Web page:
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November 15, 2017
Elizabeth C. Wiggins

Municipalities facing fiscal crisis often must make difficult choices, attempting to balance their financial obligations with obligations to deliver critical services, such as the provision of public safety, education, and health, as well as water, sewer, and transportation services. The primary objectives of Chapter 9—to provide a breathing spell to, and adjust the debts of, a distressed municipality—are familiar to bankruptcy professionals. The substance and process of Chapter 9, however, differ from other plan chapters under the Bankruptcy Code in meaningful ways.

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November 15, 2017
Elizabeth C. Wiggins

This guide on the use of distance participation (DP) technology to conduct bankruptcy hear­ings and trials provides an overview of general considerations, ranging from philo­sophical to practical, and then examines separately the use of the teleconferencing and videoconferencing. Each district, and indeed each judge, must decide whether to use DP technology, and if so, how to use it.

April 3, 2017
Jason A. Cantone

In 2016, at the request of the Judicial Conference Committee on Federal–State Jurisdiction, a survey was sent to all chief federal district judges asking about cooperation with their state judge counterparts. The chief district judges were asked about topics and activities that could benefit from federal–state court cooperation, whether they collaborated with their state judge counterparts on the topics, and whether they were interested in additional cooperation. 

[This report was written and presented to the Committee in 2016, and approved for release in 2017.]

April 1, 2016
Margaret S. Williams, Rebecca N. Eyre, Joe S. Cecil

The Patent Pilot Program (PPP), a ten-year pilot program addressing the assignment of patent cases in certain U.S. district courts, was established on January 4, 2011, by Pub. L. No. 111-349. At the request of the Judicial Conference’s Committee on Court Administration and Case Management, the Federal Judicial Center has been studying the PPP since the program's inception.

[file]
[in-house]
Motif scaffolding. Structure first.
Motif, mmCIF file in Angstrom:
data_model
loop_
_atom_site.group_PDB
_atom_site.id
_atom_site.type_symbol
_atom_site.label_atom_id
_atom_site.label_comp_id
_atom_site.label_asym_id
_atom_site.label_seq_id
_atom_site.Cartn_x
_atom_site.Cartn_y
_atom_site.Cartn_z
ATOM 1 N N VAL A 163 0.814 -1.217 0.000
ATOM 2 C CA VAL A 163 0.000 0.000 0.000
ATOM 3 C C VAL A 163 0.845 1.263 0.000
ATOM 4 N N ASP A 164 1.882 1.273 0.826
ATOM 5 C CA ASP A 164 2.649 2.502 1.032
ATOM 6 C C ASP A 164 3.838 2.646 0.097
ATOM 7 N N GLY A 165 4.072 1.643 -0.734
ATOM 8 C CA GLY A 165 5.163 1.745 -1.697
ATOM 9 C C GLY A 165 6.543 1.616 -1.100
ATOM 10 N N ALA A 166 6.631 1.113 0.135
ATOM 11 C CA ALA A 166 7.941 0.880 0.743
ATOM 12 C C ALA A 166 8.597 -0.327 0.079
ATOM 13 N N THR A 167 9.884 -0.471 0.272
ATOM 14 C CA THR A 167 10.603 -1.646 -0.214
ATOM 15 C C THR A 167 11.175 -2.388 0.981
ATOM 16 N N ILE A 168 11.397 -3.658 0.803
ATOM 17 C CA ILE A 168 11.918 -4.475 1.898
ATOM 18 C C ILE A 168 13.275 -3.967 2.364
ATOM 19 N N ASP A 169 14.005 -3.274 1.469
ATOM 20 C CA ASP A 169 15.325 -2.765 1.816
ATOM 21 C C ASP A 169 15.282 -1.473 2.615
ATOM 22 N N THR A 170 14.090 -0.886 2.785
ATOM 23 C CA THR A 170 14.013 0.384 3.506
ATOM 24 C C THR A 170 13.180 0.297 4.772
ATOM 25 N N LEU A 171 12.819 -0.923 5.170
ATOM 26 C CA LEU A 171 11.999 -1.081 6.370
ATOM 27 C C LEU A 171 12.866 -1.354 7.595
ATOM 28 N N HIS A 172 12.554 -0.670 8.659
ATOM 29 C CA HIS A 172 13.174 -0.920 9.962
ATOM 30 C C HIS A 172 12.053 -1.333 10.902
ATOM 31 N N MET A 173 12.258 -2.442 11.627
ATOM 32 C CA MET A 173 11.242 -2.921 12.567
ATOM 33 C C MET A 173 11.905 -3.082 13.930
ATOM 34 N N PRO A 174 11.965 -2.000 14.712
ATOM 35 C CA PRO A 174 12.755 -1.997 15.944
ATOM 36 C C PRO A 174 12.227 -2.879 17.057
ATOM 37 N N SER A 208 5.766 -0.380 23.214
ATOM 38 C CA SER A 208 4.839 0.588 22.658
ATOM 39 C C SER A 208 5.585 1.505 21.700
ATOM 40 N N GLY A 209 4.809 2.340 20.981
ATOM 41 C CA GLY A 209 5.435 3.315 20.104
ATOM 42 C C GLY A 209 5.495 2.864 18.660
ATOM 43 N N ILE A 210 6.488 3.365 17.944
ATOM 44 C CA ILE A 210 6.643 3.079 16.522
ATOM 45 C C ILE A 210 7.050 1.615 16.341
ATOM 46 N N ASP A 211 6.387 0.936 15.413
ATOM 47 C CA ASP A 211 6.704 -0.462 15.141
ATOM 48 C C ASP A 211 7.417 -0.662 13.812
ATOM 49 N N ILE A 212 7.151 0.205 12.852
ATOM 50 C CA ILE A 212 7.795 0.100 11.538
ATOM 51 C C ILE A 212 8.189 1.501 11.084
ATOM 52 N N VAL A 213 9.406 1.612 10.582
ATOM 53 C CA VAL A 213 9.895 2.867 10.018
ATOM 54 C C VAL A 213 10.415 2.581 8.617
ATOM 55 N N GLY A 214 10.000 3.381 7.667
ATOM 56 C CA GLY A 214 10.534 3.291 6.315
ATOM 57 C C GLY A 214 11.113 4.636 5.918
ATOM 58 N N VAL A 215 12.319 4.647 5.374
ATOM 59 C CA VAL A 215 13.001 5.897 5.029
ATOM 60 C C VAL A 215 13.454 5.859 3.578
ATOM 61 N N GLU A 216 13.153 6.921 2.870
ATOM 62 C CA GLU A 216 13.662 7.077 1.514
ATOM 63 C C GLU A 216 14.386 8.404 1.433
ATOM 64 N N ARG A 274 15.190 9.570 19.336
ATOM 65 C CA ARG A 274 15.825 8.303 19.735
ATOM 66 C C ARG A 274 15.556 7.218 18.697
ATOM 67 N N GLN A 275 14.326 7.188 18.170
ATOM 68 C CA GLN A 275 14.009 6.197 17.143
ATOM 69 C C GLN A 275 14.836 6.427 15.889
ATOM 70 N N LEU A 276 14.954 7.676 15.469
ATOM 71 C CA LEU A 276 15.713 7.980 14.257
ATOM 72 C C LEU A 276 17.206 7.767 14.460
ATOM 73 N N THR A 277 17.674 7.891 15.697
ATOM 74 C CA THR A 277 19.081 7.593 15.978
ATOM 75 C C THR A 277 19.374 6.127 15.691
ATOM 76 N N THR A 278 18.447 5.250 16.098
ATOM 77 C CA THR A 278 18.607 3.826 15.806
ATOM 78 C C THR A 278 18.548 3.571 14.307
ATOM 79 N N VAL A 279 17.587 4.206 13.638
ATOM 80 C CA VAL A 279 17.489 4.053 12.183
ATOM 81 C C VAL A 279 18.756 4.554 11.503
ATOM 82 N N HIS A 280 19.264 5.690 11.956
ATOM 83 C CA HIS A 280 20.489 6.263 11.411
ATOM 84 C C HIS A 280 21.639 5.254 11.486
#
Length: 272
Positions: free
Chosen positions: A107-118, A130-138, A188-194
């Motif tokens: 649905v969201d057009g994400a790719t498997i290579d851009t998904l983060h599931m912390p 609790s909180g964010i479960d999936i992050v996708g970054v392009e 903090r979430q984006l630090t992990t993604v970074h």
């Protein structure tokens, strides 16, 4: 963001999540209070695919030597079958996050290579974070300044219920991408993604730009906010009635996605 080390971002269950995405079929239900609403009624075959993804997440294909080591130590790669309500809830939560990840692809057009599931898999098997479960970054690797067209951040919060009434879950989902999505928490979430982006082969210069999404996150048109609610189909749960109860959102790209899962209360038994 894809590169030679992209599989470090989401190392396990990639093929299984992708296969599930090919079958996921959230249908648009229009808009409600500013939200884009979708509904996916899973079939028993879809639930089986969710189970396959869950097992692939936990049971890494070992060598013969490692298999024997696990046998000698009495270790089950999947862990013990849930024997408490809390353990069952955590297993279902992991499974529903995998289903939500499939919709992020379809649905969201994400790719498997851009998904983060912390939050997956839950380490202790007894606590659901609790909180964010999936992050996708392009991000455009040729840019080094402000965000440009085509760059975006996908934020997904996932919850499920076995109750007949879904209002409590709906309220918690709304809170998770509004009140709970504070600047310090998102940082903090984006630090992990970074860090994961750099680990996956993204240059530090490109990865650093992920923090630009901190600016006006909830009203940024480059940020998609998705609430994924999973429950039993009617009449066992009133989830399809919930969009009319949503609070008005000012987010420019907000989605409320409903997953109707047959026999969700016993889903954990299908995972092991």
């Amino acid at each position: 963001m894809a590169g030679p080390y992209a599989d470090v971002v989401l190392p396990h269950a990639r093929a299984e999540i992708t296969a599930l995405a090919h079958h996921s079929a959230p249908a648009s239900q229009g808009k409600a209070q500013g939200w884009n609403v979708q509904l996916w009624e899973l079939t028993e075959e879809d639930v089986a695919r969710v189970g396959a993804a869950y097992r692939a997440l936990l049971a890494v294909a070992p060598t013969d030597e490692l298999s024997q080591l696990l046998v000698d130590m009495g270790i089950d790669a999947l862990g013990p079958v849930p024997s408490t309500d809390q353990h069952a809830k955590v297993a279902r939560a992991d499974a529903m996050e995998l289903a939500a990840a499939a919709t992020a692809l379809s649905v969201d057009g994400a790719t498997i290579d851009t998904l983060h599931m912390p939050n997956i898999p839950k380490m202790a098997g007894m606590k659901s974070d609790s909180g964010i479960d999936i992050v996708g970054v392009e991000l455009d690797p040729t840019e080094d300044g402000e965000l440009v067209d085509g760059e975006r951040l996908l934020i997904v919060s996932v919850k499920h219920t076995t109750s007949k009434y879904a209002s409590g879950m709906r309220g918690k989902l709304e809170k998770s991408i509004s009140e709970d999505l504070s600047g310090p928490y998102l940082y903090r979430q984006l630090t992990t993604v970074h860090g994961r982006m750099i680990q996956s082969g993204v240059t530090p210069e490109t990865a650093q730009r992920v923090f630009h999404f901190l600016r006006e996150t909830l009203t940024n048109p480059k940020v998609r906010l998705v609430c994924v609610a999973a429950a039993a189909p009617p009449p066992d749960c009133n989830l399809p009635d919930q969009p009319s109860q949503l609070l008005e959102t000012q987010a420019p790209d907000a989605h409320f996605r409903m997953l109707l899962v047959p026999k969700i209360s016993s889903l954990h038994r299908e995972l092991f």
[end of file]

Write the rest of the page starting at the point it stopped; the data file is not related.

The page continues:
March 15, 2016
Molly T. Johnson, Carol L. Krafka, Donna J. Stienstra

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March 5, 2016
Timothy T. Lau

This review of scientific literature regarding the reliability of present sense impressions and excited utterances as it pertains to the Federal Rules of Evidence was presented as a memorandum to the Advisory Committee on Rules of Evidence.

February 12, 2016
Margaret S. Williams, Donna J. Stienstra, Marvin L. Astrada

At the request of the Court Administration and Case Management Committee, the Criminal Law Committee, and the Committee on Defender Service, the FJC surveyed federal district judges, U.S. Attorney’s Offices, federal defenders, Criminal Justice Act (CJA) district panel representative’s offices, and chief probation and pretrial services offices about harm or threat of harm to government cooperators. Respondents reported a minimum of 571 instances of harm to defendants/offenders and witnesses in the past three years. Cases often involved harm to both defendants/offenders and witnesses.

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October 25, 2015
Joe S. Cecil, George W. Cort, Ashley Mason Springer, Vashty Gobinpersad

This report summarizes a Center study of instances of individuals’ unredacted Social Security numbers appearing in documents filed in federal district and bankruptcy courts in November 2013 and available through the Public Access to Court Electronic Records (PACER) service. The presence of Social Security numbers for approximately 75% of these individuals appears to violate rules adopted by the Judicial Conference of the United States. 

 

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October 1, 2015
Emery G. Lee, Jason A. Cantone

A brief report on case-processing times, case outcomes, and motions practice in employment discrimination cases included in a pattern discovery pilot, compared with a nationwide random sample of similar cases. The report finds that case-processing times did not differ between the pilot and comparison cases, but that motions practice was greater in the comparison cases.

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January 1, 2014
Meghan A. Dunn

This report summarizes the results of a Center survey of district court judges to assess the frequency with which jurors used social media to communicate during trials and deliberations in the past two years, and to identify strategies for curbing this behavior. The survey was conducted at the request of the Judicial Conference Committee on Court Administration and Case Management. The survey also assessed the frequency with which attorneys use social media to conduct research on potential jurors during voir dire.

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